Every event in history carries with it a library of stories. Some end up in history books, but most of the details that impacted the world are only ever known to a few. Like threads in a tapestry, each person influences those around them and makes up the whole design. Even tiny details carry great importance. The story of “Mr. Truman’s Piano” is one of those threads.
I was recently able to visit the Harry S. Truman Library and Museum in Independence, MO. While passing through the gallery dedicated to the recognition of the state of Israel, I was captivated by a display of a tiny piano figurine. Truman had guided the United States through World War II and had been dealing with a tumultuous post-war economy and political world. 1948 was election year, and Truman was way behind in all the predictions. Americans were divided on recognizing Israel, so this issue added to the list of topics threatening his re-election. In spite of opposition, Truman chose to support the formation of this homeland for the Jews who had been so effected by the Holocaust.
Years later, in 1961, the former president read a letter from Mrs. Brown, a Hungarian immigrant who survived the Holocaust. With the letter was a small silver piano. Brown recounted how she, her husband, and her son were arrested by the Nazis and “the only thing I was able to salvage was one small ornamental piano. I carried it with me constantly as a remembrance of a happier time.” While her husband and son were sent to a concentration camp, Brown ended up in hiding throughout Budapest along with other Jews, young and old. During that uncertain time, she explained, “We felt that the whole world had abandoned us to our terrible fate.”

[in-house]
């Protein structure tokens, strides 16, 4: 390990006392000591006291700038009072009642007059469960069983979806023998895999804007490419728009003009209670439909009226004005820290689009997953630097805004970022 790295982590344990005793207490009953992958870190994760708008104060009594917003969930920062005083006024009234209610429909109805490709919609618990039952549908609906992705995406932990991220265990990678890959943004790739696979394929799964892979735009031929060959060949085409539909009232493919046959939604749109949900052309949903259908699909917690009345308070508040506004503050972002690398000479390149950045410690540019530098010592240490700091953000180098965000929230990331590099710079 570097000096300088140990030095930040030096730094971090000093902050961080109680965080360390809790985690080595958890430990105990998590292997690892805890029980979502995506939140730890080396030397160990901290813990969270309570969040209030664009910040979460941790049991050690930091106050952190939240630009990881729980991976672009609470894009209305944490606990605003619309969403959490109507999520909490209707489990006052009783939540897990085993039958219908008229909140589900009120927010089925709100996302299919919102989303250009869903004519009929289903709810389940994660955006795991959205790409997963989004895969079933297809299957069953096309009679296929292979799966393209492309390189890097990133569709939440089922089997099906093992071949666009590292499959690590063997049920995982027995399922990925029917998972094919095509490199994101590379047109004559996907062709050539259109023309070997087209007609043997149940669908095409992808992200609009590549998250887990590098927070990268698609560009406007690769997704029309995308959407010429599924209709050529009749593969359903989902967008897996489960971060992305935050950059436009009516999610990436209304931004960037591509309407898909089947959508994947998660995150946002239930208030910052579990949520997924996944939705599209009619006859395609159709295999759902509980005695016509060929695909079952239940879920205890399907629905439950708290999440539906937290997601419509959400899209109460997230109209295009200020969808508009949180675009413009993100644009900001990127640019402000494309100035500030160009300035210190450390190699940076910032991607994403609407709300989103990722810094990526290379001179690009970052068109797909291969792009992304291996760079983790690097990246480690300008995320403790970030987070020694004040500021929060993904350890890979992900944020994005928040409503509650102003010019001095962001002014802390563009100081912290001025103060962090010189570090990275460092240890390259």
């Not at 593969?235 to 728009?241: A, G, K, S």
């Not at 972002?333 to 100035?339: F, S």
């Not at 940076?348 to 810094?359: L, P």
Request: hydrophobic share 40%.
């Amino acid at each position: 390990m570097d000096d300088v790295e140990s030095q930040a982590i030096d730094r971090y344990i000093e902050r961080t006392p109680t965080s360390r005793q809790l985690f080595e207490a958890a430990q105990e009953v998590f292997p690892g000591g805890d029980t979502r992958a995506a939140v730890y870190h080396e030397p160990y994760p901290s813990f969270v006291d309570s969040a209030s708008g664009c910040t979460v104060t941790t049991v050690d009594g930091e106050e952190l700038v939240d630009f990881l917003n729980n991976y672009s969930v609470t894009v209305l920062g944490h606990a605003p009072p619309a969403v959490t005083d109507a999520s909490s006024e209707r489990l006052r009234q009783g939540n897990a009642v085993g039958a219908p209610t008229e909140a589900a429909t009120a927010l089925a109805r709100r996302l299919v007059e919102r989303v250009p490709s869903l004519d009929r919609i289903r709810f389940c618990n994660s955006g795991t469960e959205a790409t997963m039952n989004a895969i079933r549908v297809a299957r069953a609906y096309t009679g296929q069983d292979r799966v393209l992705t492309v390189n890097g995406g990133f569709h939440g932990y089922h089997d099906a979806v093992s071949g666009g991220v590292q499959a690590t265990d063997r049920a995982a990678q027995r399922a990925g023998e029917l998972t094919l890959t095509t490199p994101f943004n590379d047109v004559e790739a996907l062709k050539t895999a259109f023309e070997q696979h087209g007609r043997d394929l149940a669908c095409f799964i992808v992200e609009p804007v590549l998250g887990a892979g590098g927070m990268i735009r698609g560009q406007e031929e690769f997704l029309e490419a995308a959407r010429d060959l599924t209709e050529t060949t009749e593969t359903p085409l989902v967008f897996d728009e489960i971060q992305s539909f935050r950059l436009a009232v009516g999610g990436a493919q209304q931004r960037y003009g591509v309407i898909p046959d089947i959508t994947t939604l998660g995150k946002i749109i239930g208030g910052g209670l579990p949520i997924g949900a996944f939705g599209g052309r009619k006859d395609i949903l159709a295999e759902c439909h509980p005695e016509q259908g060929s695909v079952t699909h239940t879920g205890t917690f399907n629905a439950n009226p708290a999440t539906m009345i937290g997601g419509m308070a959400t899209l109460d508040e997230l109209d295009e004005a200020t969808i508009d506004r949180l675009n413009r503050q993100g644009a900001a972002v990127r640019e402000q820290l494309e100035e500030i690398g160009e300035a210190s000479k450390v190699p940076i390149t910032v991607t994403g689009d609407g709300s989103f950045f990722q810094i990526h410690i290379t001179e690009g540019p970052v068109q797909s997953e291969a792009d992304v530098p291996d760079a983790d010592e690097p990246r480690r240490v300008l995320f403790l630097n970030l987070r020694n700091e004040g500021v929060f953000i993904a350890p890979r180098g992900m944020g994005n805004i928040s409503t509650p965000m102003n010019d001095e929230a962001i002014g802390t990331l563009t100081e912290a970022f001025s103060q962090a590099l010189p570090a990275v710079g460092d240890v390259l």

A Source of Hope
Yet, the little piano became a source of hope. The Jews in hiding knew of Truman and America’s involvement in the war.
“I would tell them that you would not forsake us and, that somehow, someway, you would get aid to us. Then I would hold up the small piano and say, ‘See, here is Mr. Truman’s piano. Someday we are all going to America and he will play the piano for us!’”
The dream of a new life in America and the promise of freedom kept them going for many months. Thankfully, their hopes were not in vain. The war ended and Mrs. Brown’s husband and son were freed by Americans. The family immigrated to New York where they were able to begin again with their own beautiful farm.
“Throughout the years I have held on to the little piano that had meant so much to me and the Jews in Budapest,” Brown wrote. Now she gave that precious possession, her only link to a previous life, to the man who had not only set them free, but given them a home. When Mrs. Brown saved her one possession, she could not have realized how important that little piano would become. Truman surely understood that his decisions affected many, but he had not known how closely his life was woven to Mrs. Brown and the other Jews of Budapest. The story of “Mr. Truman’s Piano” reminds me how the littlest details can make an impact greater than we can see.